There are a lot of things that happen at a General Convention beyond the business of passing legislation: movie screenings, talks, networking, and, oh yeah, worship.
In celebration of the first anniversary of the independence of South Sudan, there was a Eucharist on Monday evening for those connected to the work of the Episcopal Church of Sudan. It was a terrific service: lots of great singing led by the Sudanese there, support from some of the many bishops in the Episcopal Church who have Sudanese congregations in their diocese, an honest acknowledgement of the pain and suffering that has happened and remains ongoing, and much else.
There is lots packed into a General Convention so the service didn’t begin until 9:30pm. As wonderful as it was, I have to say I was a bit weary during the first part of the service. That changed during the passing of the peace when the three bishops in the service took a liturgical liberty to tell the congregation about their relationship.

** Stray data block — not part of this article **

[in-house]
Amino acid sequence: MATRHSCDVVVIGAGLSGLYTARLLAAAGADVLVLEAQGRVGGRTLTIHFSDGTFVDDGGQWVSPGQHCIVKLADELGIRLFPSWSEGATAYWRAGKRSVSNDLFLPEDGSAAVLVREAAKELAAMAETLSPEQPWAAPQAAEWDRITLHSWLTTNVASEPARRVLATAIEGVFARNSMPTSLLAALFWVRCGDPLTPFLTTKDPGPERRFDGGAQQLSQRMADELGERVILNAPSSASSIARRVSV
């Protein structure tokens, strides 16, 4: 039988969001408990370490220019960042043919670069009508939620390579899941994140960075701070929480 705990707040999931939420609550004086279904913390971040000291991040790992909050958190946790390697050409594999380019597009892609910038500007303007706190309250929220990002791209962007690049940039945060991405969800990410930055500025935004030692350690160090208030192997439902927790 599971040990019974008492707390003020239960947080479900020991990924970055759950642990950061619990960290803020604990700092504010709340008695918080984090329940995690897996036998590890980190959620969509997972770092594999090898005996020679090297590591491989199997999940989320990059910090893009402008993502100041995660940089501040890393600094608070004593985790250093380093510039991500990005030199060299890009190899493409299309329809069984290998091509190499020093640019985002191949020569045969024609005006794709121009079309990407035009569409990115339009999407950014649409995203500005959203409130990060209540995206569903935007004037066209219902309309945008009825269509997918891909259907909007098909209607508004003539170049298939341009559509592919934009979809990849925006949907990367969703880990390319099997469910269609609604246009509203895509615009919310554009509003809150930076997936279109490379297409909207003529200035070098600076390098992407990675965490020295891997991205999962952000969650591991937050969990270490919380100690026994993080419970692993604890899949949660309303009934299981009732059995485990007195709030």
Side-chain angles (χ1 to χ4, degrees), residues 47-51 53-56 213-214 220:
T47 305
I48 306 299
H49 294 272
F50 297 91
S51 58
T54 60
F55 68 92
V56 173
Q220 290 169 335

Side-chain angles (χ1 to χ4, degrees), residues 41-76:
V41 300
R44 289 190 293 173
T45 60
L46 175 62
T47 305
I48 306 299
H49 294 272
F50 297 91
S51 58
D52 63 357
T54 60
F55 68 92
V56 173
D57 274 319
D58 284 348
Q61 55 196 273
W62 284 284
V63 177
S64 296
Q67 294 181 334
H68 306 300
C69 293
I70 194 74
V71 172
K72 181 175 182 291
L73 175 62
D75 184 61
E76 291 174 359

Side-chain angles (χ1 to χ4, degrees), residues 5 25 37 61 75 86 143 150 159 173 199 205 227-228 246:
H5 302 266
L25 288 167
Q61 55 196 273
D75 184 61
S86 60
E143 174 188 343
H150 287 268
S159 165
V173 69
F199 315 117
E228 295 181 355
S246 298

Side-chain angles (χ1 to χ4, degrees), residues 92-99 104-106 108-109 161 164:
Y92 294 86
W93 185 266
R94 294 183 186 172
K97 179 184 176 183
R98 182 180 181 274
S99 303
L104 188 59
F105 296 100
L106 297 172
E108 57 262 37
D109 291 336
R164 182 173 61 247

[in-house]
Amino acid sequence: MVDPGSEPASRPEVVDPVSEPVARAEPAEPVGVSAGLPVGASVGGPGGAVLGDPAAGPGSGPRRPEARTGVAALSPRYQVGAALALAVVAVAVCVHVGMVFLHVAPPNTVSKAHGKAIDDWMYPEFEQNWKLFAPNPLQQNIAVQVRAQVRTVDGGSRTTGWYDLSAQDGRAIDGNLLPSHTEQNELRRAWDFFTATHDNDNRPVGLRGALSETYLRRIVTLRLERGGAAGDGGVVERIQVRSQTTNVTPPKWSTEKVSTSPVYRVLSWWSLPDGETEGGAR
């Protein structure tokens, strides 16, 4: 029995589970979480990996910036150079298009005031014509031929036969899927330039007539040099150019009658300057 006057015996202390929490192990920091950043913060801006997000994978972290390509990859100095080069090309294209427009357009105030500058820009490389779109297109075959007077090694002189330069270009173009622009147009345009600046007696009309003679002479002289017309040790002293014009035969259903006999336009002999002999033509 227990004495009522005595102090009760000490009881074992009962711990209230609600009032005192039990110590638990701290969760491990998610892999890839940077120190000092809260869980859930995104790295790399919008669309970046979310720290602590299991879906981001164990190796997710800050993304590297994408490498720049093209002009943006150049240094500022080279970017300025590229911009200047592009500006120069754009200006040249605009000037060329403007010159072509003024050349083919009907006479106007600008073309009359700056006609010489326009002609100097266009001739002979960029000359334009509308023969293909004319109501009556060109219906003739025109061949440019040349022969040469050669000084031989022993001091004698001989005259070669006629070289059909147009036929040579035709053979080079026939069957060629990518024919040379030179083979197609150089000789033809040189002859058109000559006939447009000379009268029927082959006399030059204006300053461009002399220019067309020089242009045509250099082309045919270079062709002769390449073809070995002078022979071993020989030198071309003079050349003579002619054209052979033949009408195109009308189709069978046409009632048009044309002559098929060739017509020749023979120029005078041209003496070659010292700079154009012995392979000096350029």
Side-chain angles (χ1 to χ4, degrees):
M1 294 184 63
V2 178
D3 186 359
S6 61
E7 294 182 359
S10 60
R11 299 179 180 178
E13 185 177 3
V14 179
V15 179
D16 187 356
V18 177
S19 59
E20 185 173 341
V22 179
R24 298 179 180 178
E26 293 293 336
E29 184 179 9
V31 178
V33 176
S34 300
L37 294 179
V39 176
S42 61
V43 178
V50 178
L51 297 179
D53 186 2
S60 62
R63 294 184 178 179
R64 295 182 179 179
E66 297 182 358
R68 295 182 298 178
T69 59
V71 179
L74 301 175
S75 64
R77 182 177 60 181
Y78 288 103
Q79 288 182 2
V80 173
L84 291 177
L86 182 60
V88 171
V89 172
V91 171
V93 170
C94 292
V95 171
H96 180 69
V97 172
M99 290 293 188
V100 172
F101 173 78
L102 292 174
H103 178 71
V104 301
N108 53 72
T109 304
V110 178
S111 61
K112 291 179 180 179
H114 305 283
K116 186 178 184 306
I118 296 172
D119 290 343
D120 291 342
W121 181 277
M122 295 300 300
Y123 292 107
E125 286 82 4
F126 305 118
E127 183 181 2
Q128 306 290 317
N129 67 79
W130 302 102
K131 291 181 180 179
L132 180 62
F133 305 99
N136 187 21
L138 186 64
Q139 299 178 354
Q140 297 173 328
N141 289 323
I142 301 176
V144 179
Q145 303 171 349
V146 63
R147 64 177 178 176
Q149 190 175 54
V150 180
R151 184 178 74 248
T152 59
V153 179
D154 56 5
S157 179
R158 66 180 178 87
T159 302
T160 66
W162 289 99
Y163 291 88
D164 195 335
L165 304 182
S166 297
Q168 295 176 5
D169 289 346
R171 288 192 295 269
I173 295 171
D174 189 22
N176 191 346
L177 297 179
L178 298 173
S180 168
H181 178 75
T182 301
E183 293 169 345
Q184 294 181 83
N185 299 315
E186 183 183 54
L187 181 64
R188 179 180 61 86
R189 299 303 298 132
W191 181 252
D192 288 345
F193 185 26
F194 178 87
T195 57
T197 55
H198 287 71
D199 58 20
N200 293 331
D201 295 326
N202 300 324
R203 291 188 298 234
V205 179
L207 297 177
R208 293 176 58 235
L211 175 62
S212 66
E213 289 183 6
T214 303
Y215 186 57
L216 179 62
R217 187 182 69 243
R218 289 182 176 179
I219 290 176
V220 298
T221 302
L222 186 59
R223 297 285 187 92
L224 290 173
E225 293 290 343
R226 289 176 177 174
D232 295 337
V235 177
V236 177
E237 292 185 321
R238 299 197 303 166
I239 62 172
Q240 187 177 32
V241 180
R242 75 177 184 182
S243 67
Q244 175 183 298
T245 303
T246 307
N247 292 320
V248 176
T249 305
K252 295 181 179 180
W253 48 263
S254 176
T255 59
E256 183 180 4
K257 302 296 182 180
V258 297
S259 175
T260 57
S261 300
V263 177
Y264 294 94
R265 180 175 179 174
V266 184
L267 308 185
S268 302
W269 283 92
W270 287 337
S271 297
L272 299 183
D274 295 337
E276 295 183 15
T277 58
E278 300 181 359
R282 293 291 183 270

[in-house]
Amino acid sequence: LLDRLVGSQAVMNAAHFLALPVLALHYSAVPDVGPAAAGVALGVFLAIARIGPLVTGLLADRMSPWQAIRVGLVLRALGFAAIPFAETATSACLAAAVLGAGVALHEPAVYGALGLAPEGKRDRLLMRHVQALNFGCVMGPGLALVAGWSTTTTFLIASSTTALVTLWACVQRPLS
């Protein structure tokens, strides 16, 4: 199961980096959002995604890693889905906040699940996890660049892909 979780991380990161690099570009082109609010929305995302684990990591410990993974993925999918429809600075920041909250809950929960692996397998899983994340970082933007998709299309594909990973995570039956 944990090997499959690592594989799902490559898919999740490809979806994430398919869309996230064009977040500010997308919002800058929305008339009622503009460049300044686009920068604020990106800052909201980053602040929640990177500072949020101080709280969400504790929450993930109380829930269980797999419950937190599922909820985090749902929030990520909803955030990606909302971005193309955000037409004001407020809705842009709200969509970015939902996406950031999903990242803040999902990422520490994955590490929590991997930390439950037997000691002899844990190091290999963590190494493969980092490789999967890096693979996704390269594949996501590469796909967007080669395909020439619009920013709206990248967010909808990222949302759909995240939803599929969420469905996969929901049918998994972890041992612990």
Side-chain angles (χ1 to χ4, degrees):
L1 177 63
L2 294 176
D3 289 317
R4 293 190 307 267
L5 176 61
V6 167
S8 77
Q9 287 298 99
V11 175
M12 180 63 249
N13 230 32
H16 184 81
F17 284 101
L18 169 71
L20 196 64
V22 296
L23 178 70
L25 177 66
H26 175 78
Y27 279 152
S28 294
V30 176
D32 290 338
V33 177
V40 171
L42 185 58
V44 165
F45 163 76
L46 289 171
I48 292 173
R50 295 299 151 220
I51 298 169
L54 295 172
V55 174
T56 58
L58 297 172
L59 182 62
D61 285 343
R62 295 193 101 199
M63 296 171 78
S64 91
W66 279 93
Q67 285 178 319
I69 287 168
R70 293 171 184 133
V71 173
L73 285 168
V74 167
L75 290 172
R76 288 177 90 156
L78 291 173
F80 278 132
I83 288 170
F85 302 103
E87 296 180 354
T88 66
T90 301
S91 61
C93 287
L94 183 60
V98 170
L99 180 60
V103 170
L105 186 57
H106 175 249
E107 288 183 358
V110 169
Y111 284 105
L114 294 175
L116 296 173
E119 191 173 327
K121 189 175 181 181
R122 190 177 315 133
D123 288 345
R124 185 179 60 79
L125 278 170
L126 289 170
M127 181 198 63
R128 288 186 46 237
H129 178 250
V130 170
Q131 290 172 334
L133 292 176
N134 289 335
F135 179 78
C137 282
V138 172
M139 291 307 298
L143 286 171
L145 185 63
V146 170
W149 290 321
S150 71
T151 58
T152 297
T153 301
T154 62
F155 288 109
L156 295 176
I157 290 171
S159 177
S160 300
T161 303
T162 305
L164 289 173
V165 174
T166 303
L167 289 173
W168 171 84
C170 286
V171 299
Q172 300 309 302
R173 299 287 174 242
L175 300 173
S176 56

From left to right, that’s Ruben Akurdit, of Bor, Sudan; Cate Waynick of Indianapolis, Indiana; and Mauricio Andrade of Brasilia, Brazil. Together, they have a three-way companion diocese relationship. Last year, Cate and Mauricio were in Bor together. (Three-way companion relationships are increasingly common. We recently saw the fruit of another relationship in this letter to Rowan Williams from several bishops.)
In their comments, the three bishops stressed how they see in one another the body of Christ: difference (of race, background, culture, sex, etc.) but commonality in worshipping the same God in Christ.
I was completely awake by the time they had finished their short remarks. Then, in the Eucharistic prayer, each said the words of institution (the “take eat” part of the liturgy) in their own language. It is not often that a Eucharistic prayer I have heard so often and know so well can surprise and move me but it did on Monday night.
The act of celebrating the Eucharist in multiple languages with people from multiple backgrounds seemed to me to be so central to what the good news of the body of Christ is all about. And it’s yet one more reason I have hope about the future of the church and its role in God’s mission in the world.